Retirement 101: What is retirement, anyway?
Table of Contents
- Before we begin
- The who and the what
- What is retirement, anyway?
- Estimating your retirement number
- We need to talk... about investing
- Asset allocation and risk tolerance
- Setting up your portfolio
- COMING SOON - Making it work
- COMING SOON - Keep on keeping on
- COMING SOON - What if something goes wrong?
- COMING SOON - The non-monetary side of retirement
- COMING SOON - OK, I've retired. Now what?
OK, now that you’ve got the ball rolling (You did, right? You started contributing more to your retirement savings, even if it’s only $10 per month more? No? Do it! Do it now!) It’s time to make a more specific plan. We need to figure out how much money we’re going to need for retirement, and then we’re going to need to figure out what it will take to get there. But first, we’re going to define a few terms so that you’ll be ready for them when they come up.
- Retirement number: The amount of money you need to save in order to be able to expect to make it safely through a 30-year retirement.
- Safe withdrawal rate: The amount of money you can withdraw each year during retirement that allows you to safely expect to never run out during your lifetime. This goes hand-in-hand with the retirement number. Most professionals recommend a safe withdrawal rate based on the Trinity Study, wherein researchers ran various 30-year retirement scenarios through the available history of the US stock and bond returns. They found that a withdrawal rate of 4% in the first year of retirement, followed by subsequent yearly withdrawals adjusted for inflation, was a reasonably safe way to ensure that you don’t run out of funds for at least 30 years after you retire. Other methods exist, but most tend to hover right around that 4% withdrawal rate. Personally, I tend to use 3.5% to add an extra safety buffer.
- Inflation: In a growing economy, the amount of goods you can by with a dollar tends to go down over time. This is why we say things like “a $10,000 salary in 1950 is worth $110,000 in today’s dollars.” We won’t get into the mechanics of why this happens right now, but the key takeaway is that we need to account for inflation when thinking about future expenses. We generally do that by using…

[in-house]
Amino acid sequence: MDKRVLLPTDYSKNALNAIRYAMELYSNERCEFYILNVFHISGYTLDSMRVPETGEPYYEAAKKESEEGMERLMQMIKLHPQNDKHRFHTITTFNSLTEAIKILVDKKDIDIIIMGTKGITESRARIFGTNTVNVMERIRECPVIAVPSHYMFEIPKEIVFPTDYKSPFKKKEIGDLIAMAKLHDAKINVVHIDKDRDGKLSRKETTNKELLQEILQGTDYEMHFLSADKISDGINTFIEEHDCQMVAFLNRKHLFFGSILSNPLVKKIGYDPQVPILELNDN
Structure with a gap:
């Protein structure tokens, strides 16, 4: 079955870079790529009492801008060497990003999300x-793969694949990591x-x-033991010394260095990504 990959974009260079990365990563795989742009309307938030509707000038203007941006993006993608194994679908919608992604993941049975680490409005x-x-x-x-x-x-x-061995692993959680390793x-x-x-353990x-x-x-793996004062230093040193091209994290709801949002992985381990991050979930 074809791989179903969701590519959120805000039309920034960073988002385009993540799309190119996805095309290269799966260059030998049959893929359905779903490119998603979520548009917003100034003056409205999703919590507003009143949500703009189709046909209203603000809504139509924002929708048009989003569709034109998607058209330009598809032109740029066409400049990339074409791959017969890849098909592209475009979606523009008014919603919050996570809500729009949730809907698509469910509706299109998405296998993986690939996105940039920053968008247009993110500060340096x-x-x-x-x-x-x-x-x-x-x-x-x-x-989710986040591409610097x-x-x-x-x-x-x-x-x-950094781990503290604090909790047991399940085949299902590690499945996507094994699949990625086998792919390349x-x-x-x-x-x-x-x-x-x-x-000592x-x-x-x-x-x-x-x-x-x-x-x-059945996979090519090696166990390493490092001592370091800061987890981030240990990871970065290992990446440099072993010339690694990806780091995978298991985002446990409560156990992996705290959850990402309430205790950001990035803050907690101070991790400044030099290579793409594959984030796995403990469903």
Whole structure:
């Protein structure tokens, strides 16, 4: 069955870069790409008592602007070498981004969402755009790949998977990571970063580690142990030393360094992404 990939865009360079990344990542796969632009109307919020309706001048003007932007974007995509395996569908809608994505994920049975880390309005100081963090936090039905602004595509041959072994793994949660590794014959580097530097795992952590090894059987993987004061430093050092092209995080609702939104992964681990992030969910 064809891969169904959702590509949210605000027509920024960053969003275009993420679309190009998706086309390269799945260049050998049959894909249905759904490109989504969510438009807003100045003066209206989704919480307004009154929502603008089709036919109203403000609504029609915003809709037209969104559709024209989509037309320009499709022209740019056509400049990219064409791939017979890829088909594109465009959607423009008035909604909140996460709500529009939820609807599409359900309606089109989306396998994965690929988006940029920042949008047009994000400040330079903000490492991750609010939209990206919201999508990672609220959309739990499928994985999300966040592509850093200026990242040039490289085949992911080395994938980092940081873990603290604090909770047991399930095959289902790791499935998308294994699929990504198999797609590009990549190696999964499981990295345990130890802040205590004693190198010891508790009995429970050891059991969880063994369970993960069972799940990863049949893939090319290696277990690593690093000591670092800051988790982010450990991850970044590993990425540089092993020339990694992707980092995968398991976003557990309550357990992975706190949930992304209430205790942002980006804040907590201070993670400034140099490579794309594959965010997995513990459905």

- Inflation-adjusted returns: By accounting for inflation in our expected investment returns, we make it so that our future gains are expressed in today’s dollars, not expected future inflated dollars. This allows you to more easily estimate your retirement expenses without having to increase each expense for inflation. This also means that your retirement number is expressed in “today’s dollars,” because it’s based on your current expenses. When you retire, your retirement account will actually be larger than your original retirement number, but it will be worth the same, in terms of spending power. This may sound a bit confusing, but in practice it’s not a problem. The closer you are to retirement when you calculate your retirement number, the less of a difference there will be. I recommend that you double-check your expenses and recalculate your retirement number once every year or two. As you approach retirement, your retirement number and the actual balance you need in your accounts will converge automatically.
Those are all critical terms to know in order to continue, but we’re missing the most important one: Retirement. What exactly does retirement mean? The simplest, broadest definition is that retirement is the state of no longer working for income. A lot of people stop there, but I believe that’s not enough. It’s not a description of what retirement is so much as what it isn’t. So you are working anymore. Now what? What will you be doing? Too many people look forward to the day that don’t have to go to work anymore, but don’t have any plans for what they will do, instead.
In order to plan for retirement, you need to have a clear vision of what retirement will be, for you.
So, the next step in figuring out how much you’ll need to retire is dreaming. No, really. Sit back, close your eyes, and imagine what it will be like to be retired. Where will you live? What hobbies will you have? How often will you go out to eat? Be realistic, but don’t sell yourself short. And try to avoid the stereotypes. If you’re not into golf at age 40, there’s no reason to imagine that you will be at 65. If you’re happy with the place you live, there’s no need to imagine moving to Florida.
On the other hand, there are some typical things that you might want to explore. If you have a large family, will you downsize your house once your children have all moved out? Did you choose your current home based on a commute to work? The school system? When you no longer work and the kids have all graduated, is there anything else about your community that will hold you there? Or would it make sense to explore other neighborhoods or even other states with a lower cost of living? What will you do with your time when you no longer fill it with work? Volunteering? Hobbies? Reading? Watching TV? There’s no wrong answers or judgements here. Just be sure to be honest with yourself.
- Imagine life in retirement. Write it down. Here’s a handy list to get you started:
- Where will I live?
- Will I downsize my living arrangements?
- What hobbies would I like to pursue?
- How much will I travel, and where?
- How else will I spend my time?
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